STT-MRAM may first appear in Toshiba's phone chips

Subject: General Tech | December 12, 2012 - 10:33 AM |
Tagged: toshiba, STT-MRAM, SRAM

Static random-access memory has been the standard memory used in cell phones and other hardware where having low power consumption is more important than speed.  It may be on its way out as Toshiba has announced that they have developed prototype magentoresistive RAM which is more efficient that SRAM thanks to the fact that it is non-volatile and can essentially remain in a powered off state until it is accessed for a read or write command.  They also feel that this new type of RAM will allow increased performance as well as a way to continue to reduce the process size below 30nm.  The information they passed on to DigiTimes is based on a model as opposed to working silicon, so we are a ways away from seeing MRAM in cell phones, however Toshiba is quite confident in the accuracy of their simulation.

Toshiba-perpendicular-STT-MRAM-memory-element.jpg

"Toshiba has announced the development of a prototype memory element for a spin transfer torque magnetoresistive random access memory (STT-MRAM). The new MRAM element achieves what the company claims is the world's lowest power consumption yet reported, indicating that it has the potential to surpass the power consumption efficiency of SRAM as cache memory."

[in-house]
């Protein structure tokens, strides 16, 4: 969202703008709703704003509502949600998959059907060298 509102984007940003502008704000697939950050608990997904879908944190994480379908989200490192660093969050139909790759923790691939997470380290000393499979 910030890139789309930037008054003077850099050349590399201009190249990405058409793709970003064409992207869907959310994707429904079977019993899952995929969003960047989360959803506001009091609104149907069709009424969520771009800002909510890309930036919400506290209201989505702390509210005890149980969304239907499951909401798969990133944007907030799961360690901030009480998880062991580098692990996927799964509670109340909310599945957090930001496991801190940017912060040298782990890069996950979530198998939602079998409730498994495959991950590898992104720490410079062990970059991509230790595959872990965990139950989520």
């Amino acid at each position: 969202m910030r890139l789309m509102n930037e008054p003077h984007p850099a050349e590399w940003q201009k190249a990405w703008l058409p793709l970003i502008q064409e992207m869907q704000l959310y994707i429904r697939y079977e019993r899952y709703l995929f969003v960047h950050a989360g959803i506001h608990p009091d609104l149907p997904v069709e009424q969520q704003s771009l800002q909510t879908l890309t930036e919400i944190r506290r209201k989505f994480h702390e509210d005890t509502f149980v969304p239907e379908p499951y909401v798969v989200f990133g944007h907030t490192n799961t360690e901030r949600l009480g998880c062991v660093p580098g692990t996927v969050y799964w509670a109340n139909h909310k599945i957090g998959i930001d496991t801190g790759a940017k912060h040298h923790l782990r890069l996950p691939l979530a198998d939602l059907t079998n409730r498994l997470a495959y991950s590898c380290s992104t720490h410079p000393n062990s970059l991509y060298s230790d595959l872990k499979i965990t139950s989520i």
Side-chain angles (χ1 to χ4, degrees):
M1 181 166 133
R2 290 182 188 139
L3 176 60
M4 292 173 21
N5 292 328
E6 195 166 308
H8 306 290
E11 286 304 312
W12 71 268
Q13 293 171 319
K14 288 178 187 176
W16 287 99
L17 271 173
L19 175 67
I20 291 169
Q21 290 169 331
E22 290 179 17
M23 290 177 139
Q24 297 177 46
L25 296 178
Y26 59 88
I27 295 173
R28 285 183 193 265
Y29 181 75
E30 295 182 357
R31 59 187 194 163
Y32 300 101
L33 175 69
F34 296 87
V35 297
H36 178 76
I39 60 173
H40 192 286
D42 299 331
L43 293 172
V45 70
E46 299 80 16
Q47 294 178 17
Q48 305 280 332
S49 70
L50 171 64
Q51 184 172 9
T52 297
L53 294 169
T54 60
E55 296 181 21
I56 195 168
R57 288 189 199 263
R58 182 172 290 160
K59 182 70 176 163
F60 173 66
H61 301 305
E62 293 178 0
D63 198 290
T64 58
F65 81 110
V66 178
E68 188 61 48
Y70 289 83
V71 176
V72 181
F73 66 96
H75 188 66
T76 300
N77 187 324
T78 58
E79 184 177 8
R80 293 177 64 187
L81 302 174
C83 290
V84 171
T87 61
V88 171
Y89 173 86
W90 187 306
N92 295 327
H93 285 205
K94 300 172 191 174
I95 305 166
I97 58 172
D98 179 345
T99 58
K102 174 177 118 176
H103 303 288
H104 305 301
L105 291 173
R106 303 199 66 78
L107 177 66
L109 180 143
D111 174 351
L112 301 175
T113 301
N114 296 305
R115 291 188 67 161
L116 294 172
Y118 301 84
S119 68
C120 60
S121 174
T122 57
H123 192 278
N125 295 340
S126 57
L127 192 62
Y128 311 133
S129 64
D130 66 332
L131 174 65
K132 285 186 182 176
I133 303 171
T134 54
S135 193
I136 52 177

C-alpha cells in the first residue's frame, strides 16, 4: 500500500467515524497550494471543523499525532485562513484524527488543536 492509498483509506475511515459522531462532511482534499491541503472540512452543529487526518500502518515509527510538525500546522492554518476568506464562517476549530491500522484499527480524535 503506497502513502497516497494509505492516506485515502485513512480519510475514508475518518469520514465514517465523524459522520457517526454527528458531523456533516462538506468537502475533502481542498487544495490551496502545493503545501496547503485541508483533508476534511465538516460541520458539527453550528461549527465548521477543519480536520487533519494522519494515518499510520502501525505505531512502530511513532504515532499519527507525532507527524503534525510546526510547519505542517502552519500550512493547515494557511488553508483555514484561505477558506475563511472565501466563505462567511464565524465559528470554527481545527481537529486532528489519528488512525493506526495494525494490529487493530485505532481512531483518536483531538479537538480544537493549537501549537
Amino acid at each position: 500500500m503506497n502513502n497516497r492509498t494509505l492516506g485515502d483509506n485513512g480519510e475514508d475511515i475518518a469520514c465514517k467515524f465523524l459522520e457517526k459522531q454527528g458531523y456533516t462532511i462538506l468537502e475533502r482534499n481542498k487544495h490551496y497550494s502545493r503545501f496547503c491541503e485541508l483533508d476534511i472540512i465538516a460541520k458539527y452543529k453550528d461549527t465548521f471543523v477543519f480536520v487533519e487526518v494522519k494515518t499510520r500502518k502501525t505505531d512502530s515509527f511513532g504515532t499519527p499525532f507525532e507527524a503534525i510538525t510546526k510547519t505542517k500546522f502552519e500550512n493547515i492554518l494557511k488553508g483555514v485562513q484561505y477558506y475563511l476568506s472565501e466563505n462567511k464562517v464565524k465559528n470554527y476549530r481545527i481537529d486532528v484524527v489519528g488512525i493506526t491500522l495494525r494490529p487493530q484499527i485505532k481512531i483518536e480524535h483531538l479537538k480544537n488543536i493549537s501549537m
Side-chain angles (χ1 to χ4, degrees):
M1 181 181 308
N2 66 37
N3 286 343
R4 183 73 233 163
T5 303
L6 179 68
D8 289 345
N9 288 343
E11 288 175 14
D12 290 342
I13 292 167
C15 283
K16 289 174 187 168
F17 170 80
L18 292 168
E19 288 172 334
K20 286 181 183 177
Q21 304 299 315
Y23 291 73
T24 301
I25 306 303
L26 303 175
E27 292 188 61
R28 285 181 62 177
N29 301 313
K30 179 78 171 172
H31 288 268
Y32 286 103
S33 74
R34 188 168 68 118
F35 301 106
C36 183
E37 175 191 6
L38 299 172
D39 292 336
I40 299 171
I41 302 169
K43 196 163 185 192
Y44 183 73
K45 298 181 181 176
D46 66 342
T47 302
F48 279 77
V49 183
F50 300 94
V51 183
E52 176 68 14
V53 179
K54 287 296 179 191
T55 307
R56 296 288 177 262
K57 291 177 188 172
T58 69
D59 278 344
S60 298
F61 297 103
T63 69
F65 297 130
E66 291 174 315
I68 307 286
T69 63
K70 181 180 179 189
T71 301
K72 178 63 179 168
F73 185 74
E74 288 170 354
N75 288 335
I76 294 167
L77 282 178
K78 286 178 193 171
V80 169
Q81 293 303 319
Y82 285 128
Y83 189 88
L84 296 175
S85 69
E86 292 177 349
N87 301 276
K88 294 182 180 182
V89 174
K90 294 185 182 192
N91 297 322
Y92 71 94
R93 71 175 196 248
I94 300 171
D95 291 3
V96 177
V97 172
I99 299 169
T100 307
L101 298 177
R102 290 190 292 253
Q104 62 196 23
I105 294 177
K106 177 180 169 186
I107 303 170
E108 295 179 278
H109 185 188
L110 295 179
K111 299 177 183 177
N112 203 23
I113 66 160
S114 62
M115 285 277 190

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Source: DigiTimes

A*STAR is making a name for themselves in storage

Subject: General Tech | November 2, 2011 - 10:02 AM |
Tagged: A*STAR, hdd, STT-MRAM

A*STAR Data Storage Institute was in the news two weeks ago with the results of their experiment of doping hard drive storage medium with salt allows a 6 fold increase in storage density thanks to much tighter sputtering of magnetic grains on the platter.  They are back in the news with another development in a different kind of storage medium altogether.  With Micron partnering in the development they are working on a new type of resistive RAM, which will bring speeds better than you can get with flash and in a non-volatile form.  The technology is referred to as spin transfer torque magnetic random access memory or STT-MRAM.  Drop by The Register for a look at what they are up to, as well as what the competition is working on to bring us the next generation of NAND.

STTRAM.png

"NAND suppliers and technology developers are anticipating this by developing follow-on technologies centred around the idea of non-volatile, resistive RAM (RRAM), which is faster to access than flash and has a longer working life. There are a variety of ways of altering the resistance of a memory cell and Micron is entering into a joint research and development agreement with Singapore's A*STAR Data Storage Institute (DSI) to develop spin transfer torque magnetic random access memory or STT-MRAM."

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Source: The Register